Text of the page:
Cytotoxicity of cobalt chloride in brain cell lines - a comparison between astrocytoma and neuroblastoma cells

S. Gómez-Arnaiz, R.J. Tate, M.H. Grant

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High levels of circulating cobalt ions in blood have been reported to induce systemic reactions in patients with metal-on-metal (MoM) hip implants. We still lack information regarding these adverse effects, which may specifically impact on patients showing adverse neurological symptoms. To investigate this, we used a battery of in vitro viability and proliferation assays to identify toxic cobalt chloride (CoCl 2) concentrations in two different brain cell types: SH-SY5Y neuroblastoma and U-373 astrocytoma cells. Cobalt cytotoxicity was characterised by MTT and Neutral Red (NR) assays at concentrations ranging from 0 to 500 μM after 24, 48, and 72 h exposure. MTT and NR showed a dose- and time-dependent toxicity with cobalt decreasing cell viability at high concentrations. IC50s for MTT at 72 h (astrocytes: 333.15 ± 22.88; neurons: 100.01 ± 5.91 μM) and for BrdU proliferation assays (astrocytes: 212.89 ± 9.84; neurons: 88.86 ± 19.03 μM) demonstrate that SH-SY5Y neurons are significantly more vulnerable to cobalt than astrocytes. Increased BrdU and MTT assay sensitivity suggested that DNA synthesis and metabolism disruption were involved in Co toxicity. Intracellular cobalt level measured by ICP-MS was significant after 100 μM treatment. Astrocytes displayed improved resistance to cobalt toxicity and higher uptake, which may reflect their neuroprotective nature. In summary, exposure to high concentrations of extracellular cobalt has deleterious effects in neurons and astrocytes, with neurons showing particular sensitivity.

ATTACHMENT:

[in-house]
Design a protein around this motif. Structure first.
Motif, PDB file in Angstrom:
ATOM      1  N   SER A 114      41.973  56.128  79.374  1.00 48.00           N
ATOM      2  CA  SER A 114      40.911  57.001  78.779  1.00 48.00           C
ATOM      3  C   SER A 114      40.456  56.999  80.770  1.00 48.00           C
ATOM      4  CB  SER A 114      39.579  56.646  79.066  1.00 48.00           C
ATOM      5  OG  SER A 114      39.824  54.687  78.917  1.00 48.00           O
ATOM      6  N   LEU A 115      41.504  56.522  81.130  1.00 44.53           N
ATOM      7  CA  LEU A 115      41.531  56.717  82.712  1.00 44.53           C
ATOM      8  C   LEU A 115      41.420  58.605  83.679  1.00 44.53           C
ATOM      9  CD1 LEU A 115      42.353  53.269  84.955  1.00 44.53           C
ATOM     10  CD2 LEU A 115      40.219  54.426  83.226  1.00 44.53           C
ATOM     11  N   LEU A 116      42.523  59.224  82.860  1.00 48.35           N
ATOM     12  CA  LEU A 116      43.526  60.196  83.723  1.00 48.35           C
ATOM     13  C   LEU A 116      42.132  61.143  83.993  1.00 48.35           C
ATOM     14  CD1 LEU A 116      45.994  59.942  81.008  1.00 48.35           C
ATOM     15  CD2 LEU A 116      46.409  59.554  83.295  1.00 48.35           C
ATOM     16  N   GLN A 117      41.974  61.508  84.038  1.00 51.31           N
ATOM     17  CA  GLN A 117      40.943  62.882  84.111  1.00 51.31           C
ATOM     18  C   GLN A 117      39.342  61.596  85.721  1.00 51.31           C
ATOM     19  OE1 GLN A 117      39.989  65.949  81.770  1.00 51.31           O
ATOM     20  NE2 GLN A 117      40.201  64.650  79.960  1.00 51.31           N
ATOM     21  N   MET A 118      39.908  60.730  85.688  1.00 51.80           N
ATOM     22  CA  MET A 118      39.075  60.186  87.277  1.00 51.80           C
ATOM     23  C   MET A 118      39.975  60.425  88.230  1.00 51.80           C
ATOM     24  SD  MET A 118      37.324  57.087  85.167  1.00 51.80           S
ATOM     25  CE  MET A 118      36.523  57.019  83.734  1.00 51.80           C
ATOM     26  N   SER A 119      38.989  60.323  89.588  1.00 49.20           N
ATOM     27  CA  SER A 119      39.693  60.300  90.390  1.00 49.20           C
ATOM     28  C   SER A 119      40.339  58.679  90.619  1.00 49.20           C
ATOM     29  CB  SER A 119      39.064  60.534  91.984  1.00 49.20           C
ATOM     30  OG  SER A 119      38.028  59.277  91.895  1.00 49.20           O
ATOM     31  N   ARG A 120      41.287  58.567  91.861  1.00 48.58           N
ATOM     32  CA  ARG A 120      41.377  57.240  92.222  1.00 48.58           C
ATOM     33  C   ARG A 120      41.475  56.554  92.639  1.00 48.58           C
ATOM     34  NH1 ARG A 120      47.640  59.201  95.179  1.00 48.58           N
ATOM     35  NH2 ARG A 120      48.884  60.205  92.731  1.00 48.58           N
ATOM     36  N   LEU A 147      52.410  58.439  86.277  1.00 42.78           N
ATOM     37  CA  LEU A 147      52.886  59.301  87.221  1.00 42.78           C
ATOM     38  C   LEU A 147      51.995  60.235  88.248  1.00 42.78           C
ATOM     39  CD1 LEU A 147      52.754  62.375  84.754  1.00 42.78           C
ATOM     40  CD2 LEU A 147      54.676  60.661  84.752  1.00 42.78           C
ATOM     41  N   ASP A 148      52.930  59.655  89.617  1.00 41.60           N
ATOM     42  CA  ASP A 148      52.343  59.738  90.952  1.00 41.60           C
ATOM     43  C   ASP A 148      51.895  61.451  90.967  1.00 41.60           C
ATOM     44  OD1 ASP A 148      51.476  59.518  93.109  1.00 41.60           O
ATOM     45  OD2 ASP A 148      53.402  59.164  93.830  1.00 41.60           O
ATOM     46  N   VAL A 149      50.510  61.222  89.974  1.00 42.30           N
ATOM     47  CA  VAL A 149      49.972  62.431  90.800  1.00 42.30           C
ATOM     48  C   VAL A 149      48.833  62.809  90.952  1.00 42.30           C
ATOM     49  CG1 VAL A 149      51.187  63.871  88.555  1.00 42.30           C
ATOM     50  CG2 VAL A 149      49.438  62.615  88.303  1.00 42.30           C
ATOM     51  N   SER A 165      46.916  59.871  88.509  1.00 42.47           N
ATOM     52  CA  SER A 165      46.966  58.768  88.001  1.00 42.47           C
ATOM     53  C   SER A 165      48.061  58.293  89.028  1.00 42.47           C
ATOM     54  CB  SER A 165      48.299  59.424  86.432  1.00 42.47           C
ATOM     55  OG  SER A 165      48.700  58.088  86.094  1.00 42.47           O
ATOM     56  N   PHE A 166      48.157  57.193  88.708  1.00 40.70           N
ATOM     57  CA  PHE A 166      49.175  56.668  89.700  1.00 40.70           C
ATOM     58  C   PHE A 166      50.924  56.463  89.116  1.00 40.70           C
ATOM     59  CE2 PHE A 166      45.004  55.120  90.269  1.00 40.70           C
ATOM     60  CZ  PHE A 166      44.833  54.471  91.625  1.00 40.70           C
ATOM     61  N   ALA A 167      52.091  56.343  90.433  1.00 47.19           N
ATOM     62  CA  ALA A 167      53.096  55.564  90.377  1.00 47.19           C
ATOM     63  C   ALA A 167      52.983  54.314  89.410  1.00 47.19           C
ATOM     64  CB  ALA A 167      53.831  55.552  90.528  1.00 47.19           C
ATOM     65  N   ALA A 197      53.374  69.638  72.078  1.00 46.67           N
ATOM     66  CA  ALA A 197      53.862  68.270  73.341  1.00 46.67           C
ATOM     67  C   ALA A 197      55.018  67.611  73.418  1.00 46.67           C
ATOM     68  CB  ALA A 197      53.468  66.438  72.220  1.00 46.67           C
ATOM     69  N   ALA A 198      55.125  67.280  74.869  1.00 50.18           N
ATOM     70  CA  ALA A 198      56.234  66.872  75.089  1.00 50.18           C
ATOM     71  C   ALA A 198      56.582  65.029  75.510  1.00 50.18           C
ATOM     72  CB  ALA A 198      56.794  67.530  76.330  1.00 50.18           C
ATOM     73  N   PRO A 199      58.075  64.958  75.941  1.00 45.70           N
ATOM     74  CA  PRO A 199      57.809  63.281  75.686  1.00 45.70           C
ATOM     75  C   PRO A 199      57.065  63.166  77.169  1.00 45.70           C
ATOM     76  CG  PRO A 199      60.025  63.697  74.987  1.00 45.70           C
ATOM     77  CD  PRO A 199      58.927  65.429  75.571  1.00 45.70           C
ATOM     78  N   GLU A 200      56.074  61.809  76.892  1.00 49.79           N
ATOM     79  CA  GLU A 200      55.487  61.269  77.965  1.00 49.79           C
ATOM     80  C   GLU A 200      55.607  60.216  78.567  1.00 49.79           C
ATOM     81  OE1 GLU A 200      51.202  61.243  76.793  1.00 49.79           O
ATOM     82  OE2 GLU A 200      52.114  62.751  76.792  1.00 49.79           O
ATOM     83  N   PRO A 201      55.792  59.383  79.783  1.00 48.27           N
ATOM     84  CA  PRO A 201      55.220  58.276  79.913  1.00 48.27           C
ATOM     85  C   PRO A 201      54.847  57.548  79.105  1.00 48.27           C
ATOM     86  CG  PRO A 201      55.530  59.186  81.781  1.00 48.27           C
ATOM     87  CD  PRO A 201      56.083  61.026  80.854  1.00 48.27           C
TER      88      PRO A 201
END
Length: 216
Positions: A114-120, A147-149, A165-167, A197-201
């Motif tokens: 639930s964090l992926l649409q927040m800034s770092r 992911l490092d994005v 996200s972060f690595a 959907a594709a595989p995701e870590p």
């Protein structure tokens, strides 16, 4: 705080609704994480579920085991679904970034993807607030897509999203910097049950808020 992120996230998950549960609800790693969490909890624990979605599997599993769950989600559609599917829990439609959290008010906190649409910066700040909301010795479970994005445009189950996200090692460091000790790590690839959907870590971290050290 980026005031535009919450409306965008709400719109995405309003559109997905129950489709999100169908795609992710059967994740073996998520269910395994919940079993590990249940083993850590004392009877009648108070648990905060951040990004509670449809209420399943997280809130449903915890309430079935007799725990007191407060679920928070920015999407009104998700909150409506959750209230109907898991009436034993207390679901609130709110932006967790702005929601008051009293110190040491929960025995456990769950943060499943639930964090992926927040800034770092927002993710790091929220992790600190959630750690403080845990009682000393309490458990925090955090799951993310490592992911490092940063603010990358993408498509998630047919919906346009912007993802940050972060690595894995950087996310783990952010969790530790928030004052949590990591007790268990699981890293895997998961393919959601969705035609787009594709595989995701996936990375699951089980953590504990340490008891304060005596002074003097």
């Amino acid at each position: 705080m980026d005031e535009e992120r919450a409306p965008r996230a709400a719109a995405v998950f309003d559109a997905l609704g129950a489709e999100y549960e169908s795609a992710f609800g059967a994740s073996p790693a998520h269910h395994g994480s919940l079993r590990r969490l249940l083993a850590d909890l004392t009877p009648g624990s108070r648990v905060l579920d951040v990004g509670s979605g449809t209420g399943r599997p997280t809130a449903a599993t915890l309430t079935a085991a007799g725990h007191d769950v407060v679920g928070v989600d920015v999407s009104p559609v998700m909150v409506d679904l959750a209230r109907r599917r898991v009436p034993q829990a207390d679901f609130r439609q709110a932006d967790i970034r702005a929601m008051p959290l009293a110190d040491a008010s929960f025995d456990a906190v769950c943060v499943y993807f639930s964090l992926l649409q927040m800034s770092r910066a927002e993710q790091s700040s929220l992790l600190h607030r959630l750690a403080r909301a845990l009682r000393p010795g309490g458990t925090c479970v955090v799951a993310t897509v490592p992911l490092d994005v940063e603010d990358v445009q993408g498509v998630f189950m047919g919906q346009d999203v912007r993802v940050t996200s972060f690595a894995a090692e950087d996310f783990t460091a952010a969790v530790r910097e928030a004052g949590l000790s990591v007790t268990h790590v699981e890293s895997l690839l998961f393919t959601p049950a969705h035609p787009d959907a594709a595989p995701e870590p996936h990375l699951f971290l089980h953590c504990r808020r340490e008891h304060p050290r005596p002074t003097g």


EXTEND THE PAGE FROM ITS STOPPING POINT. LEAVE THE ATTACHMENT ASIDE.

Original languageEnglish
Article number104958
Number of pages7
JournalToxicology in Vitro
Early online date30 Jul 2020
Publication statusPublished - 31 Oct 2020


  • arthroprosthetic cobaltism
  • cobalt
  • hip prosthesis
  • metal-on-metal (MoM)
  • neurotoxicity
  • uptake


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